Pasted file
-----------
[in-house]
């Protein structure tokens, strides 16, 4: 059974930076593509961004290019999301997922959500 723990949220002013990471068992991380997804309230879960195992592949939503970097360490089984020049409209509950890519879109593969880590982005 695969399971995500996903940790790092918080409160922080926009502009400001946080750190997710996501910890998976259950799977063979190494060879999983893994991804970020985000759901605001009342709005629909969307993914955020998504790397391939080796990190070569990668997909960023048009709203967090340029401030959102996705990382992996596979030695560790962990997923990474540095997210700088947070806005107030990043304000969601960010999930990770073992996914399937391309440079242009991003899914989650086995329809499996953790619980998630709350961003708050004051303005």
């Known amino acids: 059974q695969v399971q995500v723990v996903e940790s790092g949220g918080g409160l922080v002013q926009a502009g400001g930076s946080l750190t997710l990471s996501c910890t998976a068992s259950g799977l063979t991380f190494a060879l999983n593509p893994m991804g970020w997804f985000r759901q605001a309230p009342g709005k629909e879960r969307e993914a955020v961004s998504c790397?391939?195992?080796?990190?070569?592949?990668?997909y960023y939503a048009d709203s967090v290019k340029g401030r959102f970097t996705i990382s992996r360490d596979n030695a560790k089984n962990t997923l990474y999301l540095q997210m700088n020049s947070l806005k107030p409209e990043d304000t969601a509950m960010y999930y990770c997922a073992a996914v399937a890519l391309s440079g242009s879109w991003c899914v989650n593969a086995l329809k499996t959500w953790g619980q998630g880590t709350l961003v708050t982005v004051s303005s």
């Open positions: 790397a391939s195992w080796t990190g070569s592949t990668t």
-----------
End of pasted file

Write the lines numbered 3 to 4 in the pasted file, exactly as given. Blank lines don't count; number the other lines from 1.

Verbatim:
């Known amino acids: 059974q695969v399971q995500v723990v996903e940790s790092g949220g918080g409160l922080v002013q926009a502009g400001g930076s946080l750190t997710l990471s996501c910890t998976a068992s259950g799977l063979t991380f190494a060879l999983n593509p893994m991804g970020w997804f985000r759901q605001a309230p009342g709005k629909e879960r969307e993914a955020v961004s998504c790397?391939?195992?080796?990190?070569?592949?990668?997909y960023y939503a048009d709203s967090v290019k340029g401030r959102f970097t996705i990382s992996r360490d596979n030695a560790k089984n962990t997923l990474y999301l540095q997210m700088n020049s947070l806005k107030p409209e990043d304000t969601a509950m960010y999930y990770c997922a073992a996914v399937a890519l391309s440079g242009s879109w991003c899914v989650n593969a086995l329809k499996t959500w953790g619980q998630g880590t709350l961003v708050t982005v004051s303005s």
């Open positions: 790397a391939s195992w080796t990190g070569s592949t990668t």